Post Flash Crash rules would tighten limits on market volatility by recalibrating triggers on market circuit breakers.
Triggers for preventing stock market meltdowns would become more sensitive under new rules proposed yesterday by the U.S. Securities and Exchange Commission and the self-regulatory authority known as FINRA.
The agencies propose narrowing current limits on market volatility that trigger circuit breakers bringing markets to a halt. Current rules require the SEC to stop trading on the Dow Jones Industrial Average for one hour if the exchange drops by 10 percent before 2 p.m. and by 30 minutes if the decline takes place between 2 p.m. and 2:30 p.m.. A 20 percent decline occurring before 1 p.m. triggers a two-hour halt on trading, and a 30 percent decline, regardless of the time, closes the market for the day.
Proposed new rules would recalibrate the trigger to halt trading on smaller declines of 7 percent, 13 percent and 20 percent from the prior day’s closing prices, but would halve the length of the shutdown, excluding declines that caused the market to be closed. The proposal would also simplify the structure of the circuit breaks to create two trigger time periods, the intervals before and after 3:25 p.m.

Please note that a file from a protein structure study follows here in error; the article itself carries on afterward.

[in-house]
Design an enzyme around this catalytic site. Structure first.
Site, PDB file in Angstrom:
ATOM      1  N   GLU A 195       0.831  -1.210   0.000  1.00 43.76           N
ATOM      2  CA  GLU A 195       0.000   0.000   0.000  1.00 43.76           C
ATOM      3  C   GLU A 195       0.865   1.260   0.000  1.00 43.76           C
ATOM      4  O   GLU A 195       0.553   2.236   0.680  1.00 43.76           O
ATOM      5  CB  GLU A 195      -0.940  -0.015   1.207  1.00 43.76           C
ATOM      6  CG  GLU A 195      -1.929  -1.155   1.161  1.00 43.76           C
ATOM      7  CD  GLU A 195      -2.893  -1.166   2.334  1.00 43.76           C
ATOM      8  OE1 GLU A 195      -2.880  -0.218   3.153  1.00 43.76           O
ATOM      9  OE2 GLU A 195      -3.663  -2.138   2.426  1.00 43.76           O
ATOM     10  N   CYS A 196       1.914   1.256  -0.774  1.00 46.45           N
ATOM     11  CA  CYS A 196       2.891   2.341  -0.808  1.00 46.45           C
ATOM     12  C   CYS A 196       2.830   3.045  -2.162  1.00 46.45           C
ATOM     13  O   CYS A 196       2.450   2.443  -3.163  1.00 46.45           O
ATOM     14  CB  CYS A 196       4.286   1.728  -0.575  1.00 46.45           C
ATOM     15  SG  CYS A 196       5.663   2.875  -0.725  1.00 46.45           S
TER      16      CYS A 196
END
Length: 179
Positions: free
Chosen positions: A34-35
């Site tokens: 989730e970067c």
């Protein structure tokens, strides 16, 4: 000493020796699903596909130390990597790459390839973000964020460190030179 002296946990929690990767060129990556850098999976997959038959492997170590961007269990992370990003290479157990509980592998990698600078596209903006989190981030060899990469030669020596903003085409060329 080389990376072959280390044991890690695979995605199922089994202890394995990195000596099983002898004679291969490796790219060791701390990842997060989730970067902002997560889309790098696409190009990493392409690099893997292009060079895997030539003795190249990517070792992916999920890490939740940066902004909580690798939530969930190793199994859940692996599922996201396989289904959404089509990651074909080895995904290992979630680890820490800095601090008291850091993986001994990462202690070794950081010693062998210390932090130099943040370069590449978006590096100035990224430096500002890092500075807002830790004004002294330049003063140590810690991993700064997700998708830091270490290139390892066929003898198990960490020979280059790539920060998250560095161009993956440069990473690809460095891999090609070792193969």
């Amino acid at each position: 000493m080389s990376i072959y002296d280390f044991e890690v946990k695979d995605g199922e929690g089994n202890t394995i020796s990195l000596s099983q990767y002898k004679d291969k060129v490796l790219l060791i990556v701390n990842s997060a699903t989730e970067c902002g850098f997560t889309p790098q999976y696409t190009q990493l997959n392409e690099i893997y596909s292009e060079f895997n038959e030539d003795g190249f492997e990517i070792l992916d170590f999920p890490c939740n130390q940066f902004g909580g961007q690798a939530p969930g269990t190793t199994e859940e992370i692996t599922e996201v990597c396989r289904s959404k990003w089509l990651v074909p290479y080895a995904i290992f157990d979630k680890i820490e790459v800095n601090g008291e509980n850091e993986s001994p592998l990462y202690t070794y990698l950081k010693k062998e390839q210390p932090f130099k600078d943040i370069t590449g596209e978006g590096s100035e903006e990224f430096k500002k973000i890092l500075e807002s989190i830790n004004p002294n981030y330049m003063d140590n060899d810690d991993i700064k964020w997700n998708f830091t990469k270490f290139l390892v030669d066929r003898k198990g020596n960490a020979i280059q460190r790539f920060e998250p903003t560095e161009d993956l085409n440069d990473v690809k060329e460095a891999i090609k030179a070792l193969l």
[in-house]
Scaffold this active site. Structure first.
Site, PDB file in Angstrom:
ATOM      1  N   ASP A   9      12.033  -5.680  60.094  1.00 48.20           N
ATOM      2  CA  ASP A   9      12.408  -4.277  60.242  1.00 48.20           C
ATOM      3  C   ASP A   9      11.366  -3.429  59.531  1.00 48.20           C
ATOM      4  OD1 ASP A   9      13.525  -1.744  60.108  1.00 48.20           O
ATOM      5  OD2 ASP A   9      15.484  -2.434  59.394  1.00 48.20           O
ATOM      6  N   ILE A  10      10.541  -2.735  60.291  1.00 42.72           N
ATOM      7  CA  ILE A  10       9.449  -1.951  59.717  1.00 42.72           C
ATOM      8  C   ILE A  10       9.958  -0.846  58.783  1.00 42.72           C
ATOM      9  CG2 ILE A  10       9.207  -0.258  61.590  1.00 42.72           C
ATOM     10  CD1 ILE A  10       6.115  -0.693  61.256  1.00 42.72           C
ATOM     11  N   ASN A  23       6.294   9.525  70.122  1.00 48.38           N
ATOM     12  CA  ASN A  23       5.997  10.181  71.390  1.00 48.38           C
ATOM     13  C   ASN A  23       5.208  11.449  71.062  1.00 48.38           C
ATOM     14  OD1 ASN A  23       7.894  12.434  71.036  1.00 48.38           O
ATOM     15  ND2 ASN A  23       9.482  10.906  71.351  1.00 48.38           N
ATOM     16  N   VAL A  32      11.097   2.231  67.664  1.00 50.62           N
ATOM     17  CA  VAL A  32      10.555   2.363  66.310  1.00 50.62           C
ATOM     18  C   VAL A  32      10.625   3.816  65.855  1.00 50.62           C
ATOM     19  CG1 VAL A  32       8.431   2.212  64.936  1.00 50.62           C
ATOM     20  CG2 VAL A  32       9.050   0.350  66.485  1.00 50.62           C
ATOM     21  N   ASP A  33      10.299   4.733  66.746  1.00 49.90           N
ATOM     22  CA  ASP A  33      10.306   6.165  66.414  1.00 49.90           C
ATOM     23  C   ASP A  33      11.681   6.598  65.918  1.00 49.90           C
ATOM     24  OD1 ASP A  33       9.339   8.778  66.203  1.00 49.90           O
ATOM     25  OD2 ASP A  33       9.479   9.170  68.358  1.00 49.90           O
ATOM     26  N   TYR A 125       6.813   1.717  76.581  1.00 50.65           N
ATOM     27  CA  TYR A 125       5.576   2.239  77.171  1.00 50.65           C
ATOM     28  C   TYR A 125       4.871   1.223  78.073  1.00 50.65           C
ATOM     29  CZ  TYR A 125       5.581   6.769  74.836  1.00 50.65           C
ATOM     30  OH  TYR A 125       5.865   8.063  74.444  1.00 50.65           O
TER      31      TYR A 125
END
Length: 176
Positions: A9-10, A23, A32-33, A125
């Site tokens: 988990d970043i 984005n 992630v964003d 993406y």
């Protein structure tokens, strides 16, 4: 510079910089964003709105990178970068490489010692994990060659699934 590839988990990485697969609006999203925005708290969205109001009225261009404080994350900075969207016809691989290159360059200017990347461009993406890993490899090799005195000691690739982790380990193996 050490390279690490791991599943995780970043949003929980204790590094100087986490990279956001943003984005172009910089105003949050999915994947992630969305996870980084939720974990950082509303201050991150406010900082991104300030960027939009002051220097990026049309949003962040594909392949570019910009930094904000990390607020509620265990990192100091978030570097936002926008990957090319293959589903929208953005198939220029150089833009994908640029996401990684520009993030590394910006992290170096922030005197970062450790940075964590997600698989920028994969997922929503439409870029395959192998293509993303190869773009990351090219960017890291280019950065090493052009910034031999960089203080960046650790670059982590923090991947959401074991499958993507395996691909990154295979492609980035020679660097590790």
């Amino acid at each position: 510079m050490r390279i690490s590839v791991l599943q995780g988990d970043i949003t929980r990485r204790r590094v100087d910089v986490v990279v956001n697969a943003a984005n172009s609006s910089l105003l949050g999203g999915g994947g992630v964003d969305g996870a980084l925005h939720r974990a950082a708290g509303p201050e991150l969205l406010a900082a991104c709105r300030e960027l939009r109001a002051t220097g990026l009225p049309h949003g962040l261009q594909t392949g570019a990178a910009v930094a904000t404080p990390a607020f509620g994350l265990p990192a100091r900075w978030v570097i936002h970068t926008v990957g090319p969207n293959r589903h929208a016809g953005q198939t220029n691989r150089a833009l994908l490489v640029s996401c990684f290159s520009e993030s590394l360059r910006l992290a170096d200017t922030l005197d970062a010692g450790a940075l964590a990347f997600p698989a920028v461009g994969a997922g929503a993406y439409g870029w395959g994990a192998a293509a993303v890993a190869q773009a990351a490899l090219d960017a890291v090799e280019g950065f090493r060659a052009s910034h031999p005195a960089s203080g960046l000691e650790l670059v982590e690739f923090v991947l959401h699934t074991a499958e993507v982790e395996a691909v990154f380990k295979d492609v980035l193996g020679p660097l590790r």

“This new market-wide circuit breaker together with other post-Flash Crash measures is designed to reduce extraordinary volatility in our markets,” said Mary Schapiro, chair of the exchange commission, in a prepared statement. The agency is set to approve the changes following a 21-day posed changes comment period.
The new market-wide rules would replace existing circuit-breaker rules, which were originally adopted in October 1998 and only used once, during a day of extreme market volatility in 1997. The circuit breakers were not triggered during the severe market volatility of May 6, 2010, and the ensuing disruption caused regulators and the exchanges to review the rules governing market circuit breakers.
The May 6, 2010 Flash Crash saw the Dow Jones Industrial Average plunge about 1000 points, or 9 percent, then recover within minutes, creating the biggest one-day point decline in the history of the average. The incident led to a lengthy investigation by the SEC and the Commodity Futures Trading Commission, which concluded the event began with unusually turbulent trading and was exacerbated by fragmented and fragile market, an unusually high number of sales by large mutual funds and aggressive moves by high-frequency traders.
In addition to market-wide circuit breakers, the SEC has approved “pilot” rules allowing circuit breaker pauses for certain individual securities when their prices move 10 percent of more in a five-minute period.